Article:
The left screen shows how many citizens were victims of air strikes and where, while the center shows close-ups of maps of the region and displays dots to show the scale of the bombing, and the right screen is composed of photographs of the event. For the exhibit in Japan, even more accurate data on Japan on the number of victims across Japan during World War II, including during the Tokyo Air Raids and the atomic bombings of Hiroshima and Nagasaki, will be reflected in her work through cooperation with Masahiko Yamabe, Senior Researcher at the Research Office for War Damage in the Institute of Politics and Economy of the Center of the Tokyo Raids and War Damage in Koto Ward.
Fernando Sánchez Castillo was born in Madrid in 1970, he currently resides in Madrid. He studied fine arts at Complutense University of Madrid, philosophy at Autonomous University of Madrid, and also studied at the École nationale supérieure des Beaux-Arts in Paris. After a residency at Rijksakadamie. He is part of Research Team of United Nations Geneve, PIMPA (Memory , Politics and Art Practices). Spending his childhood under the Franco regime, Castillo has a keen interest in social and historical events, analyzing factors related to authority and representation and reviewing historical discourse from different angles, and expressing this through sculpture, painting, and video.
“Architecture for Horses” (2002), in which a gentleman in a suit atop a white horse gracefully strutting about the university building, was part of the Astonishingly Real exhibit at the Museum of Contemporary Art in Tokyo and even became the poster for the event, and shows how his university was designed under the Franco regime for riot squads to be able to enter on horseback to quell student demonstrations. “Pegasus Dance” (2007), in which water cannon trucks normally used to break up demonstrators perform a magnificent dance while spouting water, has also been shown at the museum as part of a group exhibition. A precision robot made for handling hazardous materials draws an abstract painting, like the marvelous images created in Marcel Duchamp’s “Ready Made”, expand playfully and artistically on machines and devices needed only in serious social situations to bring about a change in values and to expand the realm of art. He is working on the “Minor Hero” series, creating figures of a young man standing before tanks at Tiananmen Square in China using a 3D printer, another piece themed on revolution and resistance to oppression. Monuments, records, public places, and traditions serve as tools for revealing the recent past. Scrutinizing the relationship between art and authority calls to memory historical groups and examines the structure of powers and symbols that still dominate society.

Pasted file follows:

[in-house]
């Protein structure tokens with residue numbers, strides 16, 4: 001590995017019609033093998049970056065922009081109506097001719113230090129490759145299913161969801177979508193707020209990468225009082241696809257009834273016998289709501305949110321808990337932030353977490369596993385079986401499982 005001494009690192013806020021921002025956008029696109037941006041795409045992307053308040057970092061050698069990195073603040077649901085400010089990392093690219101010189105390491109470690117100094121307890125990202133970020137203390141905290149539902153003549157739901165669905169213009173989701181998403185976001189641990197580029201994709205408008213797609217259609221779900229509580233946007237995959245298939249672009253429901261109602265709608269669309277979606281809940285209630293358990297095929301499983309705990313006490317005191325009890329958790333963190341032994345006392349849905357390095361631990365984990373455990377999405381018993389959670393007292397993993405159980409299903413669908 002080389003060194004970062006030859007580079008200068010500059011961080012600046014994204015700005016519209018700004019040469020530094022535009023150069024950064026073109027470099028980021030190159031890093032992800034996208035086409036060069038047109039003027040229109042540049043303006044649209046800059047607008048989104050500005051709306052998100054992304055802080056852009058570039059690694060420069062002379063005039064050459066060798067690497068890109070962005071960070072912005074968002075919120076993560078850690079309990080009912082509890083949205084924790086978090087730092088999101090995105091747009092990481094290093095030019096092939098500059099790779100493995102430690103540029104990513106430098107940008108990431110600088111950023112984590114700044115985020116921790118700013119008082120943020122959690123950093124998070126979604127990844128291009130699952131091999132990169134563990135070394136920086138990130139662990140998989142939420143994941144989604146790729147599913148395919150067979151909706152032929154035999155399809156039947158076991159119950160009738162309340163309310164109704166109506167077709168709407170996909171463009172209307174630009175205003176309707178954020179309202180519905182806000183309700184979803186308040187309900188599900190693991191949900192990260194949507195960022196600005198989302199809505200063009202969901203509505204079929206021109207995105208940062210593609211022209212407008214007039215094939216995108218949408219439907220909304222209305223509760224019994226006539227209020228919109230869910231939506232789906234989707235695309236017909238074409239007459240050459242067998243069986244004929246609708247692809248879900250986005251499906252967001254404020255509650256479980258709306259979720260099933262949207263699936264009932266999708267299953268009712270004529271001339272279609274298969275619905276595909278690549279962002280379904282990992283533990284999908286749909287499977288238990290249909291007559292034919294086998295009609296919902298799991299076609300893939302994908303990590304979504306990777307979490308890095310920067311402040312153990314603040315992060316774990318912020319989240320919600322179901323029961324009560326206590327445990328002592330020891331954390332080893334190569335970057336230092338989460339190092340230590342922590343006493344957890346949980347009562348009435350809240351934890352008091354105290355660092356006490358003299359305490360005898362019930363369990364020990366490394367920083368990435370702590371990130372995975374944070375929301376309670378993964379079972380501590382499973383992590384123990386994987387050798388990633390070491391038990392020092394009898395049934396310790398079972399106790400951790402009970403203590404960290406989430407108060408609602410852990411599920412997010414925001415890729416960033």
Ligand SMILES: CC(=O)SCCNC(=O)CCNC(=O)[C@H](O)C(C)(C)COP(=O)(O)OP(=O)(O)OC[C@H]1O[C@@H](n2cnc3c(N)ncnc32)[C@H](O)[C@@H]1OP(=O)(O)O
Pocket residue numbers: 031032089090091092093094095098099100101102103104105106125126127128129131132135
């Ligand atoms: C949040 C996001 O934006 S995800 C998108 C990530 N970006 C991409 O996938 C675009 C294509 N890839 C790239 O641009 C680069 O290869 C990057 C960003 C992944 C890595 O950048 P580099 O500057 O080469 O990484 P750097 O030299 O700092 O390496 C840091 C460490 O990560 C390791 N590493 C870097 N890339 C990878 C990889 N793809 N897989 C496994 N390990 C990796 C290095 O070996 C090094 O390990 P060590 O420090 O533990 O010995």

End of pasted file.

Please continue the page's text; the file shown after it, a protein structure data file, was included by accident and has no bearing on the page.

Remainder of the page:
Ueno Park is a treasure trove of diverse trees.”Tutor”, a new piece inspired by this Ueno forest, is zig-zag sculpture of thin bronze branches that seem like they might break. Even planted trees growing into big trees could wither and die from illness or pests. For example, in the history of Ueno Park, the Lawson cypress and evergreen magnolia planted in 1879 by the US General Grant and his wife are famous, and remain planted to this day at the Grant Monument near the entrance to the zoo. However, the Lawson cypress planted by the general has started withering and is currently undergoing treatment.
This new piece by Castillo expresses that trees, whose lifespans are longer than humans, are also affected by social and environmental change, and, like humans, have various ways of living, and asks what is health and what is normal, suggesting a tolerant and inclusive society.
Implementation Committee for New Concept “Ueno, a Global Capital of Culture”
Fridays, Weekends, and Public Holidays from Friday, October 18 to Sunday, November 17 2019, 10:00 – 17:00
*16 days in total
Former Hakubutsukan-Dobutsuen Station Building (13-23 Ueno Koen, Taito-ku, Tokyo)